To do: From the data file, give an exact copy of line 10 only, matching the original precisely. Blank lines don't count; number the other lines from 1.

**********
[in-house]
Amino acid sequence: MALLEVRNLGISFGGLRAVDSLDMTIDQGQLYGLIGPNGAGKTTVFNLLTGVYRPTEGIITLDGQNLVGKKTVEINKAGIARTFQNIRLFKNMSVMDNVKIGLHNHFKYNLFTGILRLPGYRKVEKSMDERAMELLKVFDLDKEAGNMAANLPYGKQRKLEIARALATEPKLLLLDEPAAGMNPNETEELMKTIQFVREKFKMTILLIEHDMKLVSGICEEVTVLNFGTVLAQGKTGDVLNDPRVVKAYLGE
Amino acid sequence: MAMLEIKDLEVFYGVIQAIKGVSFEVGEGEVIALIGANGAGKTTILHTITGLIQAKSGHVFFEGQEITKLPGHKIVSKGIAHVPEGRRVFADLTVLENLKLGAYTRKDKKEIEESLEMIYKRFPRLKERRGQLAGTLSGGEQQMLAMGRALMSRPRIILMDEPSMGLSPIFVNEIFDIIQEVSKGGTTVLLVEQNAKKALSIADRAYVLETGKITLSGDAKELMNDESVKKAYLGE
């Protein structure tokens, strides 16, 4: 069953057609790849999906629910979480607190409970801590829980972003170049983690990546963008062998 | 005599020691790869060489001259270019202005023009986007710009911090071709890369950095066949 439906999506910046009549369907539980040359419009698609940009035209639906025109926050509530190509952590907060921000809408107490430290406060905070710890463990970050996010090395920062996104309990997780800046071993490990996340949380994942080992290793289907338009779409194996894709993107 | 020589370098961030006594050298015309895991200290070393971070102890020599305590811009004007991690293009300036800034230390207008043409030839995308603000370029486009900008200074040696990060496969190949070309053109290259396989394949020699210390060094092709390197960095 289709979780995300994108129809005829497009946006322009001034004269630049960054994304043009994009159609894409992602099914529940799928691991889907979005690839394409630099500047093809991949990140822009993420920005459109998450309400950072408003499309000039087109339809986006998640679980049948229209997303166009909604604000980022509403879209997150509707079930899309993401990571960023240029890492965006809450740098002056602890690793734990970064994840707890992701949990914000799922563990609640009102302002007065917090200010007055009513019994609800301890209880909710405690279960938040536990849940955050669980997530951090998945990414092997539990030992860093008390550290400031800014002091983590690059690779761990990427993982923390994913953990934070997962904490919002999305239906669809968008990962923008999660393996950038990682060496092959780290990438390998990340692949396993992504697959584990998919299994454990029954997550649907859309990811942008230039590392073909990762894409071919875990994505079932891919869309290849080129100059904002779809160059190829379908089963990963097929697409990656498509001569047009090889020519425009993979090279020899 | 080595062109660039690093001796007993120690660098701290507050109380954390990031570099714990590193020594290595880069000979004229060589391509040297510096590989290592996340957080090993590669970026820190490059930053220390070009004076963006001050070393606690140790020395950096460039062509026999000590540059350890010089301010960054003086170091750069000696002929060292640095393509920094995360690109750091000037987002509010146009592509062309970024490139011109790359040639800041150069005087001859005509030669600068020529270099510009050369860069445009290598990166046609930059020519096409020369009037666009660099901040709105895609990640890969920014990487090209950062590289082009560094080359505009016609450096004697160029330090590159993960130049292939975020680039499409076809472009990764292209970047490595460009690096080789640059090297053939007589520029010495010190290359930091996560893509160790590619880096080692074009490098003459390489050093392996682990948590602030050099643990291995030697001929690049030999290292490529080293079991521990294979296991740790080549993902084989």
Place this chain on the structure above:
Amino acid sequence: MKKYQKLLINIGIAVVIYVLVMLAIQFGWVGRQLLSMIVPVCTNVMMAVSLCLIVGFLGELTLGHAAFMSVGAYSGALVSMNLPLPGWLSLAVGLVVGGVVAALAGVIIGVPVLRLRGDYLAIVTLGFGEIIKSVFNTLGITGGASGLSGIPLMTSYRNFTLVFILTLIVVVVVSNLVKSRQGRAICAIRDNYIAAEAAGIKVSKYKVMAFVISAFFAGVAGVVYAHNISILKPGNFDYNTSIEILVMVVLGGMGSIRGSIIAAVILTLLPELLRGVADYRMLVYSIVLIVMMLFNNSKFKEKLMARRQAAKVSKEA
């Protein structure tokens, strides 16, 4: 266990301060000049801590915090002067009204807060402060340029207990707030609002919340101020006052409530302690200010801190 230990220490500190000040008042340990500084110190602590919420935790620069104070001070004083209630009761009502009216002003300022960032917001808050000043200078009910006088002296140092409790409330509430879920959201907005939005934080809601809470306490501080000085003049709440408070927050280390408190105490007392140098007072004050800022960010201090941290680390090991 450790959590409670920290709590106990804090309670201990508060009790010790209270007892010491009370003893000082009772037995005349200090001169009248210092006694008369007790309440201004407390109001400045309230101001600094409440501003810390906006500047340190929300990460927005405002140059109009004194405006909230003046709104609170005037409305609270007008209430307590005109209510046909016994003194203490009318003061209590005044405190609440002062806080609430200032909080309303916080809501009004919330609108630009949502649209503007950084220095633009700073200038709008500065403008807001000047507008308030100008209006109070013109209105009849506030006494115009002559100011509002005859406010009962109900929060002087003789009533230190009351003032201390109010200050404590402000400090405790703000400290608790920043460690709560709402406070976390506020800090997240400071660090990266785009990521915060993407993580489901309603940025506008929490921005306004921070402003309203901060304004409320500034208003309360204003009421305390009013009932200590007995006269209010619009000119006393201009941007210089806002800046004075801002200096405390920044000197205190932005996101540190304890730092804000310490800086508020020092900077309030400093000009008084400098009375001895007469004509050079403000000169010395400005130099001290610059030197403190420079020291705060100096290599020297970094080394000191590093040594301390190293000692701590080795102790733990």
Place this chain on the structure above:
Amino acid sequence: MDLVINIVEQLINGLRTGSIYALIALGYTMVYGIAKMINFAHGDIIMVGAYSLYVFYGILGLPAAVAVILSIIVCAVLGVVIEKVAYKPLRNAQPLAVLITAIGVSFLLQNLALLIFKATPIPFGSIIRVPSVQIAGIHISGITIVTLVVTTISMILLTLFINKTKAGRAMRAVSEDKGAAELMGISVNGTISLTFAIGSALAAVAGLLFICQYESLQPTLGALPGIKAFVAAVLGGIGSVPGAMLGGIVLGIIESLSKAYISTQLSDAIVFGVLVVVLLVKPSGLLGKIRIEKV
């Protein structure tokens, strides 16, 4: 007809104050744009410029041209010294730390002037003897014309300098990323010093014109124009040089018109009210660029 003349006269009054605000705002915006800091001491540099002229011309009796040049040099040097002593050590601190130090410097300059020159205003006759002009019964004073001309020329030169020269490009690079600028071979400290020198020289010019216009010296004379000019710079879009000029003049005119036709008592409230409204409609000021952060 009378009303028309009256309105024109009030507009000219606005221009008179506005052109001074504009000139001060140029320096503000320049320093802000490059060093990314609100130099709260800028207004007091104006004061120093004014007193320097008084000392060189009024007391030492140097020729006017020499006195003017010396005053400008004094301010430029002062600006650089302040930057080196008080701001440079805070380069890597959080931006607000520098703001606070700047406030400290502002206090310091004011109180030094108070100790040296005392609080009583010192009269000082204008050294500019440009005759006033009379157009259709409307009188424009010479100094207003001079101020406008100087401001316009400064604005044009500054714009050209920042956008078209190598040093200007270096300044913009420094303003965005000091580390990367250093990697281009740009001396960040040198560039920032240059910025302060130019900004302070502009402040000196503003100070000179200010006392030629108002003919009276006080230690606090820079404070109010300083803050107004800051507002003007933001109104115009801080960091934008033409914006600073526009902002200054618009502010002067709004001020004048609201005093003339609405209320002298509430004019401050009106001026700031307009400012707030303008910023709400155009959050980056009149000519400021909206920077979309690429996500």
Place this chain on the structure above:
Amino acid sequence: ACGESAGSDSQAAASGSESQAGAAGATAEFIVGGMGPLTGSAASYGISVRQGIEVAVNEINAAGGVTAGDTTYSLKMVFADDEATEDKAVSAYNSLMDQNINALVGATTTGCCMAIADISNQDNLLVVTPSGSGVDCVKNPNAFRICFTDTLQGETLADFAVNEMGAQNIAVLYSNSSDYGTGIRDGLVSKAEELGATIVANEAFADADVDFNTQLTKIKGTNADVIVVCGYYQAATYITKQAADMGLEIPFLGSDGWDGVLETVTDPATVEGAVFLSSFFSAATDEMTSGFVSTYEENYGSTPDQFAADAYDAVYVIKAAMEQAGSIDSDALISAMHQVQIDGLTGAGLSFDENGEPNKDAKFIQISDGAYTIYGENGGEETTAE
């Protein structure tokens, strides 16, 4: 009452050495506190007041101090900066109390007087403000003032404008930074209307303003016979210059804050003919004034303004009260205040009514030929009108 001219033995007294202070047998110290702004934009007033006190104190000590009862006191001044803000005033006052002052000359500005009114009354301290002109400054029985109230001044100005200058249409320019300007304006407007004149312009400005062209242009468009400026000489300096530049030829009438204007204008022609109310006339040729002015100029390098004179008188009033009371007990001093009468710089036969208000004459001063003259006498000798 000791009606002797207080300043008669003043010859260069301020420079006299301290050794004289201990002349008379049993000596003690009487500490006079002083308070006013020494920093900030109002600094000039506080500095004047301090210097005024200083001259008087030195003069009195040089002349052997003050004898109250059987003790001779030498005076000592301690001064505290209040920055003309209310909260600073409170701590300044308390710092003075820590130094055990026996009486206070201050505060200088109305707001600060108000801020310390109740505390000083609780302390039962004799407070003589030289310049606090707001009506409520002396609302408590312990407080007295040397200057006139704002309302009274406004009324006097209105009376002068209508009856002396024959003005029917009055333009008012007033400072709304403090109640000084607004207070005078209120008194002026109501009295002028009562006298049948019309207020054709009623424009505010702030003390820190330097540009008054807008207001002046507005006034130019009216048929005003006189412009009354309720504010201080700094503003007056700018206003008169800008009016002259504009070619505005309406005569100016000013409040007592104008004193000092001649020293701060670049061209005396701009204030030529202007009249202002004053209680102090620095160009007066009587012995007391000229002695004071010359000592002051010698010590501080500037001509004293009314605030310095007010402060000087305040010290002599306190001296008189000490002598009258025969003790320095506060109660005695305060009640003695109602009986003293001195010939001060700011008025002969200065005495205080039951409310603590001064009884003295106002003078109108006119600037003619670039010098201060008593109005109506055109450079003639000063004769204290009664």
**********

């Protein structure tokens, strides 16, 4: 007809104050744009410029041209010294730390002037003897014309300098990323010093014109124009040089018109009210660029 003349006269009054605000705002915006800091001491540099002229011309009796040049040099040097002593050590601190130090410097300059020159205003006759002009019964004073001309020329030169020269490009690079600028071979400290020198020289010019216009010296004379000019710079879009000029003049005119036709008592409230409204409609000021952060 009378009303028309009256309105024109009030507009000219606005221009008179506005052109001074504009000139001060140029320096503000320049320093802000490059060093990314609100130099709260800028207004007091104006004061120093004014007193320097008084000392060189009024007391030492140097020729006017020499006195003017010396005053400008004094301010430029002062600006650089302040930057080196008080701001440079805070380069890597959080931006607000520098703001606070700047406030400290502002206090310091004011109180030094108070100790040296005392609080009583010192009269000082204008050294500019440009005759006033009379157009259709409307009188424009010479100094207003001079101020406008100087401001316009400064604005044009500054714009050209920042956008078209190598040093200007270096300044913009420094303003965005000091580390990367250093990697281009740009001396960040040198560039920032240059910025302060130019900004302070502009402040000196503003100070000179200010006392030629108002003919009276006080230690606090820079404070109010300083803050107004800051507002003007933001109104115009801080960091934008033409914006600073526009902002200054618009502010002067709004001020004048609201005093003339609405209320002298509430004019401050009106001026700031307009400012707030303008910023709400155009959050980056009149000519400021909206920077979309690429996500």